South African president admits government poorly prepared to deal with unrest

Cyril Ramaphosa says country will spare no effort in bringing to justice those responsible for violence

Hassan Isilow  

Soweto region in Johannesburg, South Africa on July 13, 2021. ( Shiraaz Mohamed – Anadolu Agency )

JOHANNESBURG: South Africa’s president admitted Friday that his government was poorly prepared to deal with what he described as an orchestrated campaign of public violence and destruction planned by anti-government elements.

“While we commend the brave actions of our security forces on the ground, we must admit that we did not have the capabilities and plans in place to respond swiftly and decisively,” Cyril Ramaphosa said in an address to the nation.

For the past week, South Africa witnessed incidents of sporadic looting and destruction of property started by protesters calling for the release of jailed former President Jacob Zuma.

The protests which began in Zuma’s home province of KwaZulu-Natal later spread to Johannesburg where several major shopping venues were ransacked and some set on fire.

Ramaphosa said police faced a difficult situation during the onset of the violence and exercised commendable restraint to prevent any loss of life or further escalation. But once the military was deployed, authorities were able to quickly restore calm to most areas.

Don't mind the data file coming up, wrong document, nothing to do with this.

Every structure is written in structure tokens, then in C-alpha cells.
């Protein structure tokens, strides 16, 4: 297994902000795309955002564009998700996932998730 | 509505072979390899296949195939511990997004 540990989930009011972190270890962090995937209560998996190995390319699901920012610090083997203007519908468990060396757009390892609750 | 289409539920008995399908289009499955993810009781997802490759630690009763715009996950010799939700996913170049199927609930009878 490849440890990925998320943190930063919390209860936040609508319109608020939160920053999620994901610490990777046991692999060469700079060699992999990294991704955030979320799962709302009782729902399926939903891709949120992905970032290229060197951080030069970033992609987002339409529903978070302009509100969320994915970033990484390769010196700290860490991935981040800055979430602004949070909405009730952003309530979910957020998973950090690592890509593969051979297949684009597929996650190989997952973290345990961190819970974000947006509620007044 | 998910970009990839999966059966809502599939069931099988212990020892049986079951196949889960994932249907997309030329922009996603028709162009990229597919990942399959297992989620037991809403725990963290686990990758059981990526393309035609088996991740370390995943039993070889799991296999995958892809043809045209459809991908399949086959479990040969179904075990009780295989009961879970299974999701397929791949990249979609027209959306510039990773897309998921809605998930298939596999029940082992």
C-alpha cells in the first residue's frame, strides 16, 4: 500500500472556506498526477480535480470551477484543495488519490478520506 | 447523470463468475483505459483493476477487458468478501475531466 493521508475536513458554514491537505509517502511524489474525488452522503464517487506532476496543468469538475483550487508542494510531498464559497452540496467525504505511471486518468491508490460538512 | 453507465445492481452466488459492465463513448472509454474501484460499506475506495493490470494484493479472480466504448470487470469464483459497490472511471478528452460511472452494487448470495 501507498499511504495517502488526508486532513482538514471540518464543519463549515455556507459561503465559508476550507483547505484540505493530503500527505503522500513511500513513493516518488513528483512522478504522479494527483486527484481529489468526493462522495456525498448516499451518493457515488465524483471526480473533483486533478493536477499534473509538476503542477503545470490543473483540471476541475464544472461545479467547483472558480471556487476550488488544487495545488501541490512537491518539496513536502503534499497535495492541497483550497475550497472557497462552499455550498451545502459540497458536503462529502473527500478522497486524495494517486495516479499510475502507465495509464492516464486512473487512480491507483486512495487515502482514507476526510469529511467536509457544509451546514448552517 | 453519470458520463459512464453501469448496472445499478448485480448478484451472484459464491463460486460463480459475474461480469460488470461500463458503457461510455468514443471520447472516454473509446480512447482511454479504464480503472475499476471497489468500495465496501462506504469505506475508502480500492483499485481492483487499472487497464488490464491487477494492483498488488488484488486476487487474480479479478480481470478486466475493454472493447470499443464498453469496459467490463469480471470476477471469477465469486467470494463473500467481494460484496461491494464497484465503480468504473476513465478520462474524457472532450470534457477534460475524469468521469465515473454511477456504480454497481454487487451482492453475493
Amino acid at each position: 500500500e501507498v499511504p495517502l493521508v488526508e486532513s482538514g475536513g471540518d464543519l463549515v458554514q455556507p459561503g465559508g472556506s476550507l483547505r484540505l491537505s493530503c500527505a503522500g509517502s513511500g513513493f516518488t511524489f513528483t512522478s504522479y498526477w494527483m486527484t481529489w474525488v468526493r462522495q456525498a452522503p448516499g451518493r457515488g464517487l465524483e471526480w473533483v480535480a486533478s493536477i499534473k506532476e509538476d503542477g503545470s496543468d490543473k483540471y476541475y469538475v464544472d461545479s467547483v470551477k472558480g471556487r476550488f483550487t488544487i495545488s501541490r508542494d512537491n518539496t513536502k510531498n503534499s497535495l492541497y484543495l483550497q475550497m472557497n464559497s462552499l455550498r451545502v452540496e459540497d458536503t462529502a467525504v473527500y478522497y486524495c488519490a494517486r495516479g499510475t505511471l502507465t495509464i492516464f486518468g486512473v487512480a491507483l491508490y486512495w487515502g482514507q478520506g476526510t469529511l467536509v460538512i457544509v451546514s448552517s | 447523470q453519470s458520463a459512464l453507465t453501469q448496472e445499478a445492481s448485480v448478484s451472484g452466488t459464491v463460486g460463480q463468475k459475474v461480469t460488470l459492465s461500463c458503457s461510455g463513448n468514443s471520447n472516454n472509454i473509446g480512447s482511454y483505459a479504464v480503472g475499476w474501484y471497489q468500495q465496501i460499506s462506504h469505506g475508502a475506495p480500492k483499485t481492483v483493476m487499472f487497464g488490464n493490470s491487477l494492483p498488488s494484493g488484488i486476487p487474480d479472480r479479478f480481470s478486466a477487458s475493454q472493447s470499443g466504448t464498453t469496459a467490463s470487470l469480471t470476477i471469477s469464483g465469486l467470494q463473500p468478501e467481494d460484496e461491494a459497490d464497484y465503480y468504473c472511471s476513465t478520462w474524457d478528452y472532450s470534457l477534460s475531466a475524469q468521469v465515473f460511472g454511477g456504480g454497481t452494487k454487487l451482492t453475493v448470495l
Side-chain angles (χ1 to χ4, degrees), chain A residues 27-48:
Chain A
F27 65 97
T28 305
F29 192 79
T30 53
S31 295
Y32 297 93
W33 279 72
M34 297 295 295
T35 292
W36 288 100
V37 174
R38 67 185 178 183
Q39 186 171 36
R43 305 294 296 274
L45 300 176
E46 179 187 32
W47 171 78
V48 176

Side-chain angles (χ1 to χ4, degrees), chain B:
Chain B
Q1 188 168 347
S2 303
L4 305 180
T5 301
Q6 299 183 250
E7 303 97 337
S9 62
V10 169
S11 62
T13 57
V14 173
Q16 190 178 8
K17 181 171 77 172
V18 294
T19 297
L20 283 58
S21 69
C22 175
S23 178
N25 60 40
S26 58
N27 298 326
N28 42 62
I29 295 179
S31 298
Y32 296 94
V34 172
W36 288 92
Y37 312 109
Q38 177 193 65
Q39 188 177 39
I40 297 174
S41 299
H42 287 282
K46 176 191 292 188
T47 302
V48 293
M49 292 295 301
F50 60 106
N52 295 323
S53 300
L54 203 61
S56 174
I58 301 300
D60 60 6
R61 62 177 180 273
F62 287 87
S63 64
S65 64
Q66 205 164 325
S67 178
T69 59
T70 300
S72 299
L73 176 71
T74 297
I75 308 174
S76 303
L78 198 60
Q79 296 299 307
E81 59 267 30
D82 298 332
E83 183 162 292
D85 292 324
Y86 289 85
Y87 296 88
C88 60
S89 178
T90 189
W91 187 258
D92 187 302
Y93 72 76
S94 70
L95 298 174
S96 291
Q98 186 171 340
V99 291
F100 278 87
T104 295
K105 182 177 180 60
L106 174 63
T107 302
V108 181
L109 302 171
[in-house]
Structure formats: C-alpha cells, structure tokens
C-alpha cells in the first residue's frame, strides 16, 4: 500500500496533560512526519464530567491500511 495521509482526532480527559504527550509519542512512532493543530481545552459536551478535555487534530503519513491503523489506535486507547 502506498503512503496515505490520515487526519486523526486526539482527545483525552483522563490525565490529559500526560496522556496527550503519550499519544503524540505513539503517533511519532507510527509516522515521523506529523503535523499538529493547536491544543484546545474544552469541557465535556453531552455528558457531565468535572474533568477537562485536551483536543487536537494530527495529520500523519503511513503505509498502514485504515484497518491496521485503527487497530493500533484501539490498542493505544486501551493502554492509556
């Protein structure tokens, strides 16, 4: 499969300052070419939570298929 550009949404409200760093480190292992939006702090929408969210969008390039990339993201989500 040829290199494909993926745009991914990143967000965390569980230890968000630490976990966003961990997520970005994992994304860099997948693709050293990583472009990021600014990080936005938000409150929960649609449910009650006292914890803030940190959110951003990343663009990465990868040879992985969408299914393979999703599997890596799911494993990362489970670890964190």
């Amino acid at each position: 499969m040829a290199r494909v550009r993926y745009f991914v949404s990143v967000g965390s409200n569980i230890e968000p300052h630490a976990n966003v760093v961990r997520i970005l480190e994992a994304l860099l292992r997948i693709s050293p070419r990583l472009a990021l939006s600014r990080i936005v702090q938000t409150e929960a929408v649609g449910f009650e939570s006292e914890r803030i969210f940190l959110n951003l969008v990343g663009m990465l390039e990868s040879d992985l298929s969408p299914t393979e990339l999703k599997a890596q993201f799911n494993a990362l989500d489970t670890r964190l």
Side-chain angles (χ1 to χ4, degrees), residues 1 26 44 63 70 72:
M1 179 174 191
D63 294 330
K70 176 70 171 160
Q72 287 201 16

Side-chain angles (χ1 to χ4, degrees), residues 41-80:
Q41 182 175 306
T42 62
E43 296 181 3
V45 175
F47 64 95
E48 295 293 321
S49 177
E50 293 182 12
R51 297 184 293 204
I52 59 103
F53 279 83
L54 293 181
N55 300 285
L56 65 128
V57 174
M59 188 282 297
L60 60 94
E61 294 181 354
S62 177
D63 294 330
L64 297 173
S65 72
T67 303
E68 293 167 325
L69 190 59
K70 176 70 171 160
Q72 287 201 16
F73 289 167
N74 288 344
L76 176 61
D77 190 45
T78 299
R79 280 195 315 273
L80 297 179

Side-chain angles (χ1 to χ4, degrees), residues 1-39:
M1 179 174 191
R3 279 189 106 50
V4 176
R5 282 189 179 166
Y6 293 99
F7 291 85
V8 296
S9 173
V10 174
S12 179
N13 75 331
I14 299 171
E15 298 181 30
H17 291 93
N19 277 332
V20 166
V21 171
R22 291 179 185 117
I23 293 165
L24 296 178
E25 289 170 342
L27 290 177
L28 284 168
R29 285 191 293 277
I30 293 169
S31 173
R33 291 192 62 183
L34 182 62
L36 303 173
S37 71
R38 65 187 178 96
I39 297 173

“Once this crisis has passed, we will undertake a thorough and critical review of our preparedness and our response,” he promised.

Ramaphosa said it is clear the events of the past week were nothing less than a deliberate, coordinated and well-planned attack on the country’s democracy by instigators.

He said his government will track down known instigators and their networks so they face the full might of the law.

“Specialized units of our law enforcement agencies are working around the clock to locate and apprehend those responsible for planning and coordinating this violence,” said Ramaphosa. “We will spare no effort in bringing these individuals to justice.”

He said his government will not allow any person or any group to challenge the authority of the democratically elected government.

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